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[SYDNEY] The US dollar held near a two-week high after Federal Reserve officials fueled bets that the US central bank may lift interest rates as soon as next month, while the yen maintained losses as Bank of Japan Governor Haruhiko Kuroda reiterated a readiness to ease policy further.
Japan's currency slipped 0.1 per cent to 101.96 per dollar as of 6.29am in Tokyo, after losing 1.3 per cent on Friday, its biggest single-day drop in more than six weeks.
The dollar also gained 0.1 per cent against Europe's common currency, to US$1.1184 per euro. The Bloomberg Dollar Spot Index, which tracks the greenback against 10 peers, last week notched up its biggest gain since early May.
Fed Chair Janet Yellen said at a central bank retreat in Jackson Hole, Wyoming, that the case for tightening US monetary policy had strengthened, a message later energised by Vice Chairman Stanley Fischer, who said a rate increase in September is possible.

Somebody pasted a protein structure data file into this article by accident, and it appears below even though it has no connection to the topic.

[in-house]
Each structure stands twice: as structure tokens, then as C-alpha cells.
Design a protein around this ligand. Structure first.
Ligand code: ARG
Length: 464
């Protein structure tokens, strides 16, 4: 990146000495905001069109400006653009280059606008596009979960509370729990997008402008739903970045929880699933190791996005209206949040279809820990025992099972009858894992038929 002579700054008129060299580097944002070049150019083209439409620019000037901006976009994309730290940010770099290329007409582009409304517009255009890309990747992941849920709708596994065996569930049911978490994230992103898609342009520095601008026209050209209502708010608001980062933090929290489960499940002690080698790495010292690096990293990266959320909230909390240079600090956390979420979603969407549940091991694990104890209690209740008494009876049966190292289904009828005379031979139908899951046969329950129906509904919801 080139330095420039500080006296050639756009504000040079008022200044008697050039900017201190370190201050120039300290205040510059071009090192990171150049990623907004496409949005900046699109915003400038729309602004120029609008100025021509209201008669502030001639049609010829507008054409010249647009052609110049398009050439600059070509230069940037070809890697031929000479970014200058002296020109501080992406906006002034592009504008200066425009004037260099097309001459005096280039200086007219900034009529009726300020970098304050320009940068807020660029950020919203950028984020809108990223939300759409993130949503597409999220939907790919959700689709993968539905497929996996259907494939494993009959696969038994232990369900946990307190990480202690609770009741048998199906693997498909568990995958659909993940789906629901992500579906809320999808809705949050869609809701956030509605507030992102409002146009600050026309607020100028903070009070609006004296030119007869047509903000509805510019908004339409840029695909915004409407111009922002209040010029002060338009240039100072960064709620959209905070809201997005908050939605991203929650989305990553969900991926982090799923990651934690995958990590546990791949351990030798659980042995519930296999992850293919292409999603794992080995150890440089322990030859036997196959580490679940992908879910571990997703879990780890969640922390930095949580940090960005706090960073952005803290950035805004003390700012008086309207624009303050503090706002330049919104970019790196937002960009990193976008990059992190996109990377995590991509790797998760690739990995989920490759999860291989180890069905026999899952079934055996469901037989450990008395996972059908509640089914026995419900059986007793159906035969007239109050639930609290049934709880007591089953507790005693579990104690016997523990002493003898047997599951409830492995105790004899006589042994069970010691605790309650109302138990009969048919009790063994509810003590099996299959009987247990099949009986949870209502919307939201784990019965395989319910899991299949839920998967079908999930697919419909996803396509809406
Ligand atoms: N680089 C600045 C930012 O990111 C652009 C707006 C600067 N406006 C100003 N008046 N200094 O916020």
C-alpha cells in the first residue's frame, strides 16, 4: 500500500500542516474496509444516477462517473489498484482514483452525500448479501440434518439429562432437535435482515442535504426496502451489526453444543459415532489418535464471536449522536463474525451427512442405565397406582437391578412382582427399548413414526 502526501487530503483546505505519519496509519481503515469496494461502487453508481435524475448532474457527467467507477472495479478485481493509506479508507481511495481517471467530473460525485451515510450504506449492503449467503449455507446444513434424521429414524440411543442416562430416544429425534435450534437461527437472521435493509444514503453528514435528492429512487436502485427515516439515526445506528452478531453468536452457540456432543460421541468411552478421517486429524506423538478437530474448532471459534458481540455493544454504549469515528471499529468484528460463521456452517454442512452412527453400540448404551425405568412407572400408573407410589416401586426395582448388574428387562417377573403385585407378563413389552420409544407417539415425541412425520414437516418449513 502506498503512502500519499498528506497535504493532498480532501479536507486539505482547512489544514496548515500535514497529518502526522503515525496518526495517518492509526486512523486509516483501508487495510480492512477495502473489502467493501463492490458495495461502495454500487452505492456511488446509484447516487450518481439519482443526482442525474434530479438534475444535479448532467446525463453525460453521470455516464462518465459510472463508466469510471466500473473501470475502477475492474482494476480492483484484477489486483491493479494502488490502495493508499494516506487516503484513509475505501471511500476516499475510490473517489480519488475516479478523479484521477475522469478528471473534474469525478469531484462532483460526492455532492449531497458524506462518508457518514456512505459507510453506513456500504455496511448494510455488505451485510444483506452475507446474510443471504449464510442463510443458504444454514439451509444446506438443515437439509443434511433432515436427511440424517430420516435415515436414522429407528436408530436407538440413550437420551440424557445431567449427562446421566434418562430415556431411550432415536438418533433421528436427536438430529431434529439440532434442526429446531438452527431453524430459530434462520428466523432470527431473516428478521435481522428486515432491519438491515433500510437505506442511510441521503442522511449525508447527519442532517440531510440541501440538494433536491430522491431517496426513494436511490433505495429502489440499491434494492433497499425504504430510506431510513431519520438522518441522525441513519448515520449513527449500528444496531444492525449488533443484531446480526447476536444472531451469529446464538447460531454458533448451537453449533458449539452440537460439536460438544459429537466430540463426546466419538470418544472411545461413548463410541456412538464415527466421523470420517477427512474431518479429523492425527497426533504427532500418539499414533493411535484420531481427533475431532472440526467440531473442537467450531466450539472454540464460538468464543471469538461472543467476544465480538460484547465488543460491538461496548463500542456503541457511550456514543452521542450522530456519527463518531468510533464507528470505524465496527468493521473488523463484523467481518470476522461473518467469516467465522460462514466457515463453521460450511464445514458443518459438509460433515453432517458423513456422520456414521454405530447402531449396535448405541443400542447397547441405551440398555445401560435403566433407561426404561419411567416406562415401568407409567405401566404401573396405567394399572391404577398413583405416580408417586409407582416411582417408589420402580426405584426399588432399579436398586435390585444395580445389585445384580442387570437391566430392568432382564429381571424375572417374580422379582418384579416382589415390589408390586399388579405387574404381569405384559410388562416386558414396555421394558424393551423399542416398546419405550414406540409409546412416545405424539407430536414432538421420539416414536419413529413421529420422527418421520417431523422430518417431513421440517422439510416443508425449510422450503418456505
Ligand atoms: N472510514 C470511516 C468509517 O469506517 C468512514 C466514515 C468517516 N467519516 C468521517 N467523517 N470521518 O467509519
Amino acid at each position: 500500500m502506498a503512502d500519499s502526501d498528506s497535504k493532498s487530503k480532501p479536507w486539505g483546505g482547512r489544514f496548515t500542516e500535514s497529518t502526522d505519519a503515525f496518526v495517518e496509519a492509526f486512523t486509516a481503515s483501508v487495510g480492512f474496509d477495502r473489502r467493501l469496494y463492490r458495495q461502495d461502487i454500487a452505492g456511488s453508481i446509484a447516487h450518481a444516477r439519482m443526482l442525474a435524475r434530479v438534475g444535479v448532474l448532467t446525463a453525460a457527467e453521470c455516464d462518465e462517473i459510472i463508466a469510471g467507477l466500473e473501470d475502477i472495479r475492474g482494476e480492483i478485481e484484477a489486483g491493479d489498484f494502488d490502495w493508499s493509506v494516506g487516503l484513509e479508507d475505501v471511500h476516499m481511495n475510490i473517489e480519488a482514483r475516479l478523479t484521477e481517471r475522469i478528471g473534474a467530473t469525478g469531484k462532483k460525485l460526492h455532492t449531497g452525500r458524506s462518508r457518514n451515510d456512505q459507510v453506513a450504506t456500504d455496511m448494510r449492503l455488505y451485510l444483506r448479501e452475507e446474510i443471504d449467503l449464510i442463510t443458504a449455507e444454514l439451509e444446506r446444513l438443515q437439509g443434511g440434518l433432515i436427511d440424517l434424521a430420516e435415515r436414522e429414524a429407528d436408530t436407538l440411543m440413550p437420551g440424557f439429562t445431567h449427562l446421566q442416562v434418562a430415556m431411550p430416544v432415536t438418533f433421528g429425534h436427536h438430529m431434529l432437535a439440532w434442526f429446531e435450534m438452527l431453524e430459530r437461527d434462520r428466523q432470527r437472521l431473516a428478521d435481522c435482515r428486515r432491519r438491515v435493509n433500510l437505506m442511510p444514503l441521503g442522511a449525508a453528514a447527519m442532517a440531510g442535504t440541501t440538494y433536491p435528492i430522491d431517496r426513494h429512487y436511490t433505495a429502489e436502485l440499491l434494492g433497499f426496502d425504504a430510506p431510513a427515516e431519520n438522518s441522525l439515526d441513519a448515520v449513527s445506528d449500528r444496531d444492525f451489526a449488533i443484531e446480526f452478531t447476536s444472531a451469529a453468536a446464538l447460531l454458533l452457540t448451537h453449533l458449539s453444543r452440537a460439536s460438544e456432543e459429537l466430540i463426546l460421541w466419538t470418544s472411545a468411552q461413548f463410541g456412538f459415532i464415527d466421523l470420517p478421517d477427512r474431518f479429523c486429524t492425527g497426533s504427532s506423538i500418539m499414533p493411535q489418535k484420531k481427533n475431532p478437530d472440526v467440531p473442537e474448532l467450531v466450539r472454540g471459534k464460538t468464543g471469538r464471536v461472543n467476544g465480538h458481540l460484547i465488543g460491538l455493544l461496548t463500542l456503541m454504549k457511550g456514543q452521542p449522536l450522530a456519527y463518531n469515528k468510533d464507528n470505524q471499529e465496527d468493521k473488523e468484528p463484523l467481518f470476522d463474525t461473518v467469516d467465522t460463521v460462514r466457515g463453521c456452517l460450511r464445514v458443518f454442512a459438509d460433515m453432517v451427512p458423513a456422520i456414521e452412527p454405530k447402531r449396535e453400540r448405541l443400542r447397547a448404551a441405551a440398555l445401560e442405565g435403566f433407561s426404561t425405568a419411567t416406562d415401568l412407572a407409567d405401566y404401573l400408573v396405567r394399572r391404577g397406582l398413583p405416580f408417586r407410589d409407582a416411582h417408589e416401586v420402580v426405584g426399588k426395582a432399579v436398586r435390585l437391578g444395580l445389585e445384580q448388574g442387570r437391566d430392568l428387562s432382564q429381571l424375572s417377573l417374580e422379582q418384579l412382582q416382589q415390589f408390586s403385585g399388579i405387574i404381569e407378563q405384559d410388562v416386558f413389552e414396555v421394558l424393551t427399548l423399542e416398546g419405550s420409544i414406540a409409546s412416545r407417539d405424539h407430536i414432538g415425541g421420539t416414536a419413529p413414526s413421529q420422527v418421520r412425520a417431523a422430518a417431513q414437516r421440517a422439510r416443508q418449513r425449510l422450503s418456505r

Futures indicate a 42 per cent chance that the Fed will raise rates as early as next month, up from 22 per cent a week earlier, with US economy watchers turning their attention to payrolls data later this week.
Meanwhile, the BOJ chief said he would bolster stimulus "without hesitation."
"Friday's gain in the dollar, driven by Fed Reserve leaders, is expected to be sustained this week and the market could be fairly quiet as we approach Friday's US employment report," said Jason Wong, a currency strategist at Bank of New Zealand in Wellington.
"With most other central banks clearly in the mood to ease, the Fed may still be cautious in its approach to guard against the negative effects of the dollar strength on the global economy."